The Rowbory/Nigeria Family Blog

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Survey Nigeria is a rummy-style card game for 2 to 12 players featuring over 100 languages of Nigeria. Win the game by collecting languages in their families.

Set up

Shuffle the cards. Deal each player 7 random language cards. Place the rest of the cards face-down in 1 or 2 ‘draw’ piles. Turn over a card face up from the draw pile to make a ‘discard’ pile.

Basic Play

On each turn a player will pick, place, discard:

  1. Pick the top card from the face-down or face-up piles.
  2. Place cards down from your hand onto the table in any of these ways:
    1. Begin a run: lay down 3 or more languages from the same family.
    2. Add a card to a family group already laid down.
  3. Discard a card face-up to any discard pile.

When a player discards their final card they win the round.

Advanced play

Make sets in alphabetical order

Each language card belongs in a family (indicated by the colour on the card and the map location) in alphabetical order. The ß previous language and à next language are indicated on the top or bottom of each language card. In the full version of the game you can only place cards down in strict sequence. Some language families are much bigger than others! See the SIL Nigeria Language map or to find out more.

Special Cards

Three kinds of special cards add a twist to the game.

Five wild cards represent languages of wider communication (LWCs).
Use a wild card in place of any language. If you have the specific language card a wild card represents, you can claim the wild card to use as you wish.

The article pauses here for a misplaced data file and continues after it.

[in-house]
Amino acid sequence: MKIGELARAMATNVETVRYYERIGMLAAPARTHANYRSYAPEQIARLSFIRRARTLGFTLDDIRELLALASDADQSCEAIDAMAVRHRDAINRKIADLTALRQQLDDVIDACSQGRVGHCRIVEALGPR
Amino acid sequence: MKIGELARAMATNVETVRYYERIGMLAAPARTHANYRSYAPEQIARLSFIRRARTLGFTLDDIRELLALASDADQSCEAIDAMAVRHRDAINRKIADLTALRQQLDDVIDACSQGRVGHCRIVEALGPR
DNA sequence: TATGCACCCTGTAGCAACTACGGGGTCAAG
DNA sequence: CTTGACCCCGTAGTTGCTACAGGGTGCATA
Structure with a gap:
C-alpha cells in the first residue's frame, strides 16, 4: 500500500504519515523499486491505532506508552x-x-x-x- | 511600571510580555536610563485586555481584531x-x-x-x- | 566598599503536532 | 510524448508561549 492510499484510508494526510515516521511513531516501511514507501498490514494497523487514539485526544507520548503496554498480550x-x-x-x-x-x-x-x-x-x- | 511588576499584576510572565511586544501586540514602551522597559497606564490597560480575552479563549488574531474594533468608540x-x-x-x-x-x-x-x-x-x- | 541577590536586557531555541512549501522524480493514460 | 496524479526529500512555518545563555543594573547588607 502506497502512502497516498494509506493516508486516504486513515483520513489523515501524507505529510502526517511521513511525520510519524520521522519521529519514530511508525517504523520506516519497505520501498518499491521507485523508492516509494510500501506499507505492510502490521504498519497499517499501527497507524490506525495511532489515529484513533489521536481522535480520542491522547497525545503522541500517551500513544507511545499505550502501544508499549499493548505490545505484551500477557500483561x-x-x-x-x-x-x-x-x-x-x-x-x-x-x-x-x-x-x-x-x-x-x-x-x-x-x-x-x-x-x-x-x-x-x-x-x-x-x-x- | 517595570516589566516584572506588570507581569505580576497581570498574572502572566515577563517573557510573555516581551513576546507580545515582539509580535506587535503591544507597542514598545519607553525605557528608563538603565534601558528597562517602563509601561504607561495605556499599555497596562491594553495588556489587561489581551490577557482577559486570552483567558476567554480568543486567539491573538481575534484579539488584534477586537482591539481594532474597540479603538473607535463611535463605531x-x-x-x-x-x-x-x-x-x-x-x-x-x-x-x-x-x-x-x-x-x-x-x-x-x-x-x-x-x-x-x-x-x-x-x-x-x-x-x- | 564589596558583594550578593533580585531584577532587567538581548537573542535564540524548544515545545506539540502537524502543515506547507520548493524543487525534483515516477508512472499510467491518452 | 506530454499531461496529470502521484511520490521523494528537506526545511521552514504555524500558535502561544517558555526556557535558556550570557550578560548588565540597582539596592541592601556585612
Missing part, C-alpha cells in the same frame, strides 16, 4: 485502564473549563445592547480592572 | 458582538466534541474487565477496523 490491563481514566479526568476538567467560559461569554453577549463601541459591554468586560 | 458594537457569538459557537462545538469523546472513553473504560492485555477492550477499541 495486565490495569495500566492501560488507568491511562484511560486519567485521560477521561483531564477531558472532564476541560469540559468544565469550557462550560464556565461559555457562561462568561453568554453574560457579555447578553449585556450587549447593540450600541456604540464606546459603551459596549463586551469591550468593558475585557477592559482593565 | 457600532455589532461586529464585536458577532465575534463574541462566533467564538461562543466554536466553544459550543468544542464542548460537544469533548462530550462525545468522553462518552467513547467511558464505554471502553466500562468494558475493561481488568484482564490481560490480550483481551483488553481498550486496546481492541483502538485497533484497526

5 Activity Cards include Linguistics, Literacy, Translation, Publications & Scripture Engagement.
A player holding 4 activity cards immediately wins the round.


Language researchers Roger Blench or David Crozier.
A player with 3 activity cards + 1 researcher immediately wins the round.

More than one discard pile

Given the large number of language cards it’s annoying when a card you wanted disappears in the discard piles. Try one discard pile per player or per 2 players to give more opportunities to pick up cards other players discard.

If you empty the draw pile…

Shuffle the discard piles and make a new draw pile. This very rarely happens!

Scoring for multi-round games

Every card you have left in your hand counts against you. The winner of a round adds nothing to their score but everyone else counts the cards they have in their hand, and adds the following points to their score:

  • Any language card 1 point
  • LWC (Wild card)… 5 points
  • Activity card… 10 points
  • Crozier/Blench… 15 points

When someone scores more than 50 (or a limit you agree) they leave the game.

What’s on the cards?

The language name is in large print, with the unique 3 letter ISO 639-3/ code after it. The language family groups related languages together and the location of the language family is marked on the map of Nigeria. Icons show where work is in progress and what of the Bible has been published.

How to say the names

Most letters have one sound, like they do in Latin, Spanish or German or IPA. But j is like English ‘Jew’ and y like English ‘You’. Nigerian language vowels are simpler than English. Many languages use 7 or 9 vowel sounds rather than our 12 or so, but they use extra symbols for each distinct sound:

  • ɔ, is the ‘o’ in got vs goat
  • ɛ, is the ‘e’ in get vs gate.
  • a is like rat or da
  • ɨ, ə, , are like English interjection sounds err/uh
  • u is like oo and i like ee.
  • c is like English ‘ch’.
  • sh is like English and zh is like the s in meas
  • Nigerian languages use tone more than stress, yet most don’t distinguish low/high in writing so it’s impossible for non-native speakers to get it right. Acute is high so Áhán is high tone for both vowels.